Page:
Intestinal Parasites

What are intestinal parasites? In reality there are few animals on earth that complete their life cycle alone, without the involvement of other organisms. Just as we rely on living plants and animals for food and nourishment, there are creatures that directly rely on us to survive. While many organisms that inhabit the human body are "friendly" and live in harmony with our systems, parasites only benefit themselves, serving no helpful function in human health. Parasites can be divided into two categories: protozoa, which are single-celled organisms, and helminths, or worms, which are actually multi-celled animals. Harboring parasites can result in numerous health concerns, ranging from abdominal pain, to fever, loose stool, loss of appetite and weight, weakened immune system, and extreme fatigue. In addition, the waste products that parasites excrete can be toxic to the system, causing fatigue, impaired lymphatic function, and irritation of the intestinal lining.

How do you get them? Parasites and worms can be contracted a variety of ways, such as improper disposal of human or animal waste, walking barefoot on contaminated soil, and ingesting raw or partially cooked meat. In some cases, eggs from parasites may become airborne and inhaled through normal breathing. Outbreaks of parasitic infestation are often due to poor sanitary conditions and haphazard food processing and preparation. Professionals are saying that "over 85% of us have some sort of parasite in our bodies."Parasites have an everlasting food supply,... you!Keep in mind, they are a living thing. They eat.... they urinate.... they defecate... in us!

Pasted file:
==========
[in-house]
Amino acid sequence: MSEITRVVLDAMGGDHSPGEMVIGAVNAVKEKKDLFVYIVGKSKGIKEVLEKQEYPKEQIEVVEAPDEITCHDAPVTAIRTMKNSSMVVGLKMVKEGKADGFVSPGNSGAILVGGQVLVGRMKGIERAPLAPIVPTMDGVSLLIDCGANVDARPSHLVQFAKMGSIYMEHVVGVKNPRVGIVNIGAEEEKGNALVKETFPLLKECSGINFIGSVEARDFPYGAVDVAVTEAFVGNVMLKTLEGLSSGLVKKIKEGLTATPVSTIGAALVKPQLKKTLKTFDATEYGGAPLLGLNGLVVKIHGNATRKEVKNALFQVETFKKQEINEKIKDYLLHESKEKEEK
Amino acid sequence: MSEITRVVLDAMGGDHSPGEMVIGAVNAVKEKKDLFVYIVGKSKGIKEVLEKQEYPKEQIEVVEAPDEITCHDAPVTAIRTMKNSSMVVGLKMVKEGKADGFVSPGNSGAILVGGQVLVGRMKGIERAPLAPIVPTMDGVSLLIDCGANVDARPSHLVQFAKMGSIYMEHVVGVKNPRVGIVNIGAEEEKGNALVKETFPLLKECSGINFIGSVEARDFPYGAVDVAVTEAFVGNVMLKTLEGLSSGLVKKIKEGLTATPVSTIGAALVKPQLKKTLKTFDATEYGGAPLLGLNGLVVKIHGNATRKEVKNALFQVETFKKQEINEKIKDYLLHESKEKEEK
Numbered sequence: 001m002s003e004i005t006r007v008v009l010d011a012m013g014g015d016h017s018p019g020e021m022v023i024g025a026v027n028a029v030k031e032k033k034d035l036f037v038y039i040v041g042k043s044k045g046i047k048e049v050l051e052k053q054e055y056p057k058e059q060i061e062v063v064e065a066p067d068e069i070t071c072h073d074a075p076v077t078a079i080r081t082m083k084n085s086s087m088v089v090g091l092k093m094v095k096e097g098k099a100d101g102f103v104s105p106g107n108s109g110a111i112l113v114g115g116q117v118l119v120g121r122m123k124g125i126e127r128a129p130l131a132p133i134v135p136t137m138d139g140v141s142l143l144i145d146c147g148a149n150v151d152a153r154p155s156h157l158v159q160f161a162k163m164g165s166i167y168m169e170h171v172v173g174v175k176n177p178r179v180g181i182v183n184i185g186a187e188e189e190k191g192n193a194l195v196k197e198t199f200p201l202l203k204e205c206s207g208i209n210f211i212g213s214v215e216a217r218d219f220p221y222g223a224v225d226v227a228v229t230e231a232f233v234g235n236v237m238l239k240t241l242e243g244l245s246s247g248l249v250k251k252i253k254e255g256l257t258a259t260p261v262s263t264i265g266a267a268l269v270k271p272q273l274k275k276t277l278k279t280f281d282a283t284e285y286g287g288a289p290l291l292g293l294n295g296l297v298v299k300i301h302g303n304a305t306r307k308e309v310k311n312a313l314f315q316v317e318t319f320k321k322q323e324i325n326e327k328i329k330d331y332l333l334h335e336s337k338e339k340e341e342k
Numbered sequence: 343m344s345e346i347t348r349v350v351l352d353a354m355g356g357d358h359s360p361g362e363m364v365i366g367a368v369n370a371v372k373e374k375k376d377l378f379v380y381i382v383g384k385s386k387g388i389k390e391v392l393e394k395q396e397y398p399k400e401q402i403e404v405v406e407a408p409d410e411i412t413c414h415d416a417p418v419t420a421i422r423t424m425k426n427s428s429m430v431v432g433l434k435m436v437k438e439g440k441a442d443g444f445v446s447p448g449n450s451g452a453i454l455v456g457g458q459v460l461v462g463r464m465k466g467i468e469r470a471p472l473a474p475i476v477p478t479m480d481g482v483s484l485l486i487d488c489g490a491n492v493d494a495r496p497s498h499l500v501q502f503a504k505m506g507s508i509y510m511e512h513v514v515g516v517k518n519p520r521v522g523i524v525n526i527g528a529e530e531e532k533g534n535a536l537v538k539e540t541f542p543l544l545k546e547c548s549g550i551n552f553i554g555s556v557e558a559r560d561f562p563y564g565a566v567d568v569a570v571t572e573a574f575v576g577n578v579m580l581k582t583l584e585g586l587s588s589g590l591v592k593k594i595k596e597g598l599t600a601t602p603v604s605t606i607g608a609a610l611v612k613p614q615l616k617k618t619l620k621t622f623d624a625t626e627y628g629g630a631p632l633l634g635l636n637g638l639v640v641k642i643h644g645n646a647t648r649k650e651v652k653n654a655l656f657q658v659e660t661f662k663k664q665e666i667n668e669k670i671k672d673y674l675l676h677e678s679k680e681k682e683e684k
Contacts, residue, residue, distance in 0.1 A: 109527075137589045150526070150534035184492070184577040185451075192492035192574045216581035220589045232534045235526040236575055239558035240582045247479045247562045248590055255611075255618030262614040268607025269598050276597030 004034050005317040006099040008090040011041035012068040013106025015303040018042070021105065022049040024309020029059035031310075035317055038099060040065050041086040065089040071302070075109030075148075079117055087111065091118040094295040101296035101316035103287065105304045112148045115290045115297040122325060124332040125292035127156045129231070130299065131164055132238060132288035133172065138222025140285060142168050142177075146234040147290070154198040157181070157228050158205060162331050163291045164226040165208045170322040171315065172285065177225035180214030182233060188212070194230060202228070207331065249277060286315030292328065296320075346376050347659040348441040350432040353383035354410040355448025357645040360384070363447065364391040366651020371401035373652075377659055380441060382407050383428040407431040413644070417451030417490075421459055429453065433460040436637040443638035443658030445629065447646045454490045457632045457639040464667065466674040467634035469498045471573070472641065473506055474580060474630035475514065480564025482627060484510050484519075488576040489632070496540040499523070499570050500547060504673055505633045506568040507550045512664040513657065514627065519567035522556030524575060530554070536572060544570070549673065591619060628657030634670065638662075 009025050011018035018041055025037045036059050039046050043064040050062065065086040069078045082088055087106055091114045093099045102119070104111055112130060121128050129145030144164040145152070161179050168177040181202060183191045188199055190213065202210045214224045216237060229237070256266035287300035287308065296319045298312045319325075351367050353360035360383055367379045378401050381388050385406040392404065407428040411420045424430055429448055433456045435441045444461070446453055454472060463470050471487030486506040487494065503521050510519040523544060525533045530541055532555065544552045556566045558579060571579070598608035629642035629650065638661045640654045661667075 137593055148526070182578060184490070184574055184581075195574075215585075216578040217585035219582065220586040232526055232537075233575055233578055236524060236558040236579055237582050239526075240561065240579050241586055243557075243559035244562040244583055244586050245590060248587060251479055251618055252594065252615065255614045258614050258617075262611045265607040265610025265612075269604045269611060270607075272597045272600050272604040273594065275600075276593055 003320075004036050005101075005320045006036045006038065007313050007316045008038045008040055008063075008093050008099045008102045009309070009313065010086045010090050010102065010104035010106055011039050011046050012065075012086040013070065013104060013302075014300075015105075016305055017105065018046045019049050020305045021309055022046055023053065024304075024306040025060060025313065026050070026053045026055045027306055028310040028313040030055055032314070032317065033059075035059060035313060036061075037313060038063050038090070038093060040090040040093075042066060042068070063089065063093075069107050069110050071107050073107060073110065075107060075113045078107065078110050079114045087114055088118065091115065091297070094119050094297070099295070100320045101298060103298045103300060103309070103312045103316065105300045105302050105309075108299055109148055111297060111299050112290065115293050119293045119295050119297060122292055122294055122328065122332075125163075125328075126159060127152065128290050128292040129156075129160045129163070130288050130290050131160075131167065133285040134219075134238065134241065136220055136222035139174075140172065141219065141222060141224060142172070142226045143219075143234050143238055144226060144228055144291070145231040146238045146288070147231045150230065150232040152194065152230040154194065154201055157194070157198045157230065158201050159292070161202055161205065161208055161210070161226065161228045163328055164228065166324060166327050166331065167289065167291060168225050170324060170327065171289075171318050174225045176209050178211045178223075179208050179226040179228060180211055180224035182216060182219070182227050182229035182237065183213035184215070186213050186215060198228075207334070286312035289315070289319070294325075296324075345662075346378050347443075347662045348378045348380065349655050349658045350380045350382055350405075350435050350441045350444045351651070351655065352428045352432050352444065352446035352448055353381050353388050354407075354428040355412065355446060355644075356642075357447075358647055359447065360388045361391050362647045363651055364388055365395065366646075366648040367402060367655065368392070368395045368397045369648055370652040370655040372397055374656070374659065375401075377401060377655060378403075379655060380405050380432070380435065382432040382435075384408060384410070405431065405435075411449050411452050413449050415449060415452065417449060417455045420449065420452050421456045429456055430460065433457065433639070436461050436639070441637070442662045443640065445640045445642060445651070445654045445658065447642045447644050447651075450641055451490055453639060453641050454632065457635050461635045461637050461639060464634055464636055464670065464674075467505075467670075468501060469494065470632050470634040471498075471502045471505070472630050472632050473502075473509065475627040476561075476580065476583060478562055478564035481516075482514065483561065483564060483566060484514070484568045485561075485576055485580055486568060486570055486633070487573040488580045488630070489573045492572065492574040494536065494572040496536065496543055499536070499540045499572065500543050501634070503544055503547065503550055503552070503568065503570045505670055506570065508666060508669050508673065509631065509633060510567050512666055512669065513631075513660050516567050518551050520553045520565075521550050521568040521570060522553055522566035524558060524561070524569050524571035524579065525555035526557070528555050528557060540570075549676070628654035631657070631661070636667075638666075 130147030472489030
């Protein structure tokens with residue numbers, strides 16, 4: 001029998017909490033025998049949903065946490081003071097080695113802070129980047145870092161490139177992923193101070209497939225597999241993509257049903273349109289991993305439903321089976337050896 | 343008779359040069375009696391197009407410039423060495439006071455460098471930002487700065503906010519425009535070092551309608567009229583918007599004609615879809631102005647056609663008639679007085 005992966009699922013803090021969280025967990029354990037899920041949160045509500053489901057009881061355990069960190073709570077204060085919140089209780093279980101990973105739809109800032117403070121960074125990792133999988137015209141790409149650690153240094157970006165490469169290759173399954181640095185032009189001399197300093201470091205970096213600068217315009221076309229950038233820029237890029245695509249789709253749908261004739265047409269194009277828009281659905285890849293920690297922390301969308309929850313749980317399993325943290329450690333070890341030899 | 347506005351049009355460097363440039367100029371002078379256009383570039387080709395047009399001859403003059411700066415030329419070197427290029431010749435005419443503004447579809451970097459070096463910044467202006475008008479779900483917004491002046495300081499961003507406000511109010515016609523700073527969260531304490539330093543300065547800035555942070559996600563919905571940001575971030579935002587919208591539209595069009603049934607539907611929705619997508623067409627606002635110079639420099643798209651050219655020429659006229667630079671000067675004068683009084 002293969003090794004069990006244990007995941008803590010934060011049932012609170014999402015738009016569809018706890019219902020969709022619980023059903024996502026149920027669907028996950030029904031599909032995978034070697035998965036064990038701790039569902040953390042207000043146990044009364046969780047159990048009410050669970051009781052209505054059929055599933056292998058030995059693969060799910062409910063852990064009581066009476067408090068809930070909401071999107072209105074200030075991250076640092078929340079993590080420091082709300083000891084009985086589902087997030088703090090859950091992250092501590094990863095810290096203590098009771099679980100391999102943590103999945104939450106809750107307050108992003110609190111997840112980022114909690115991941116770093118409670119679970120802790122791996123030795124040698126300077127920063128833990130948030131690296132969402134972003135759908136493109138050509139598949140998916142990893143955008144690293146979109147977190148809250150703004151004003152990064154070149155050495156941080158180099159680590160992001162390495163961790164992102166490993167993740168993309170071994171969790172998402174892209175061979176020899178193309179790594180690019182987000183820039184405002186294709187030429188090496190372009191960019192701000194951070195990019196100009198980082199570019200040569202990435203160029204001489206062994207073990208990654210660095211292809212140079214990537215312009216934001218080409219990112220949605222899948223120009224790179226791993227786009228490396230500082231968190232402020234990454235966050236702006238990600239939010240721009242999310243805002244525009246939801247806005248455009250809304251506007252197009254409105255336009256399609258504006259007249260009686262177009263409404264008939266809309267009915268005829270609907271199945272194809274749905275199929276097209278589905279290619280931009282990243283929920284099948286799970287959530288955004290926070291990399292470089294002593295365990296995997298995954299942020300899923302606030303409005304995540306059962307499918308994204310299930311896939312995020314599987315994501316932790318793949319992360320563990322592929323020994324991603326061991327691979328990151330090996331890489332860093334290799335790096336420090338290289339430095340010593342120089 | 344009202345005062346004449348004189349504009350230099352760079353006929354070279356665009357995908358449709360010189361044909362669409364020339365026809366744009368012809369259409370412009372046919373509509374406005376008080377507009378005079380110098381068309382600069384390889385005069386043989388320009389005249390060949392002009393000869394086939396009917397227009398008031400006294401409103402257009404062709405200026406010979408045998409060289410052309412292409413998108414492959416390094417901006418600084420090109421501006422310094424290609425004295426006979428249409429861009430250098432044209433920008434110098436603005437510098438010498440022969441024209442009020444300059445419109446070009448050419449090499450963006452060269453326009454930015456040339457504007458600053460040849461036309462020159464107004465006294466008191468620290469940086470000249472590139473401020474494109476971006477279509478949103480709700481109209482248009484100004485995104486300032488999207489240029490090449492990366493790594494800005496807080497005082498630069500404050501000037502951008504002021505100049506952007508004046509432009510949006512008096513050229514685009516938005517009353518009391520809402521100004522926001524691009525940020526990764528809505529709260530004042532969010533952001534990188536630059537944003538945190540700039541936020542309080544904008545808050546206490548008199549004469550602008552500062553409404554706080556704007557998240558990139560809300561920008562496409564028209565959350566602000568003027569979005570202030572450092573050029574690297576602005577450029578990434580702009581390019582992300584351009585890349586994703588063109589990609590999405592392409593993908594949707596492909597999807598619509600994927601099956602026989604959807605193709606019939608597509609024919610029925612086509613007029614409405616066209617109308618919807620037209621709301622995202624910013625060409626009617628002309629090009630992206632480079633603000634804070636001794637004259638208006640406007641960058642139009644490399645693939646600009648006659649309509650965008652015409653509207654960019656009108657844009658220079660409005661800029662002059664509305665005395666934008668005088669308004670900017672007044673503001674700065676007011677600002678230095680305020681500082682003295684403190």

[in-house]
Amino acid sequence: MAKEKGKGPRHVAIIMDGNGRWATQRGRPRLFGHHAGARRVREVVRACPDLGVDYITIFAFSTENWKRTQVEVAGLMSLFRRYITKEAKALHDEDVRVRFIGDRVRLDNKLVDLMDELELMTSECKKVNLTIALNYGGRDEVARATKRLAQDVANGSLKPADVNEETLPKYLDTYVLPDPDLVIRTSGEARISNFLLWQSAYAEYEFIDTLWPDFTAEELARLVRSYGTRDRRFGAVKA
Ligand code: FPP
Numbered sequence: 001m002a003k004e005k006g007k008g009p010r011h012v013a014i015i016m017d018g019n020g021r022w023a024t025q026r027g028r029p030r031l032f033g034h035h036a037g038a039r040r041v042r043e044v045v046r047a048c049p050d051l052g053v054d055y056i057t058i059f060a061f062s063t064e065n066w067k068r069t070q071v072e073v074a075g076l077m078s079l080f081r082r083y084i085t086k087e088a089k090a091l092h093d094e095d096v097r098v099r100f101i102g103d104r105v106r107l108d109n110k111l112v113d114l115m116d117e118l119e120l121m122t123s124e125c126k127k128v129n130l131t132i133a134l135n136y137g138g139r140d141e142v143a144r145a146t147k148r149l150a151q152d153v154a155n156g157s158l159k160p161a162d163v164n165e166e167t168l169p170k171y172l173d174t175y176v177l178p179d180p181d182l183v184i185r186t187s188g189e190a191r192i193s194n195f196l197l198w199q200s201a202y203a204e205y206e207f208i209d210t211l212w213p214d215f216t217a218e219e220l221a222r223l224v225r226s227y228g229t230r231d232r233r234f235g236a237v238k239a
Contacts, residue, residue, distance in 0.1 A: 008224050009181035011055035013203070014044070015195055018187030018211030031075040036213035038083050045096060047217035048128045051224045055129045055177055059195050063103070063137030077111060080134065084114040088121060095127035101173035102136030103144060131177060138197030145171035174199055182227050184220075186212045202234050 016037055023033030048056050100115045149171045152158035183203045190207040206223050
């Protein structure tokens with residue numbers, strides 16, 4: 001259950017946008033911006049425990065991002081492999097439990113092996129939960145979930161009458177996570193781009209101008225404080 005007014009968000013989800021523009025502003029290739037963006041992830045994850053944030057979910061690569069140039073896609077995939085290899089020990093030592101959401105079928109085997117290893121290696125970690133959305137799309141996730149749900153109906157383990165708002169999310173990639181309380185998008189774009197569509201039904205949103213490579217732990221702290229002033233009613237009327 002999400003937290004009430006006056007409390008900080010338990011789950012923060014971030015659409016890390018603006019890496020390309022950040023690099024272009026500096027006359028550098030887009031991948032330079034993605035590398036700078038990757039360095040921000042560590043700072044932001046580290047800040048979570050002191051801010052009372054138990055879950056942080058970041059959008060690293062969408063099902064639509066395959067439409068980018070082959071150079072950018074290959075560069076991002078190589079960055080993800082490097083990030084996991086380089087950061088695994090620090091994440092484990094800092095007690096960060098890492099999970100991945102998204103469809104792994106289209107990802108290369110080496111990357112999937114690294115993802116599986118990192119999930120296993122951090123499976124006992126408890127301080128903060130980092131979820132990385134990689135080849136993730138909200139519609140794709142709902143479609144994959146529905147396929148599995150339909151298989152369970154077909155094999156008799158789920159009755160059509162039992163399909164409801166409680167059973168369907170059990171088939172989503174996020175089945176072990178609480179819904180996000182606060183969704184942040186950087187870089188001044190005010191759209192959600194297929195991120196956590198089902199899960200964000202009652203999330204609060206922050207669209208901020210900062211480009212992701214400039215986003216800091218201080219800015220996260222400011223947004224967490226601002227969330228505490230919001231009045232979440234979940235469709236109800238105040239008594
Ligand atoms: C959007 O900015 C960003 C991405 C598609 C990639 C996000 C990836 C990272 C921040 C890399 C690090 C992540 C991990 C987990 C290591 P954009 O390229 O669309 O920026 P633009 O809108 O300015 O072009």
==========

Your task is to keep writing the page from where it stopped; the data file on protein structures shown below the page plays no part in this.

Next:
You're right, they do create problems for us.

Lets get to know them better

Roundworm
Roundworm
Pinworm
Pinworm
Hookworm
Hookworm
Tapeworm
Tapeworm
Whipworm
Whipworm
Tapeworm
Tapeworm
Intestinal Fluke
Intestinal Fluke
Ring Worm
Ring Worm
Ameoba Parasite
Amoeba Parasite
 

COMMON TYPES OF WORMS:

Tapeworms:  Taenias - fish tapeworm, beef tapeworm, and pork tapeworm. Obtained from eating raw or undercooked, infected meat. Adult worms can reach a length of more than 15 feet. Pork tapeworms can enter the brain and cause seizures. Fish tapeworms can produce over one million eggs per day. They can grow up to 33 feet. This worm is normally half an inch long, and is usually white/gray in color.
Whiteworms:  They come in all sizes, from tiny pinworms to those that look like spaghetti or angel hair pasta. 
Redworms:  These look just like earthworms. They exude from the colon wrapped in balls. They reach up to 6 inches long. 
Inchworms:  These are thick (pencil size), black and bumpy, and about 2 inches long. 
Blackworms:  These are 10 - 12 inches in length and leave the colon wrapped in "yellow acid water" mixed together. They nest deep, impacted in the colon wall. 
Pinworms:  Tiny parasites that wiggle out about 3/4 inch long and thicker than white worms. Look like rice. 
Hookworms:  Curved about six inches long, and grayish. Infestation is as high as 50% worldwide. Hookworms grip the intestinal wall and suck blood. 
"Little fish":  Fish-type parasites with heads and tails that swim out of the colon in schools. About 1/2 inch long, and "everyone has these." 
Threadworms:  Cream-colored parasites as thin as a thread. They often come out by the hundreds. 
"Fuzz balls":  Round parasites with fur on them. About 1/4 - 3/4 inch diameter, yellow in color. 
"Spiders":  Looks like a spider and are colored brown, often 1 inch long. 
"Stickpin-Worms":  One inch long and a head like a pea, perfectly round, small ones are white, adults are black.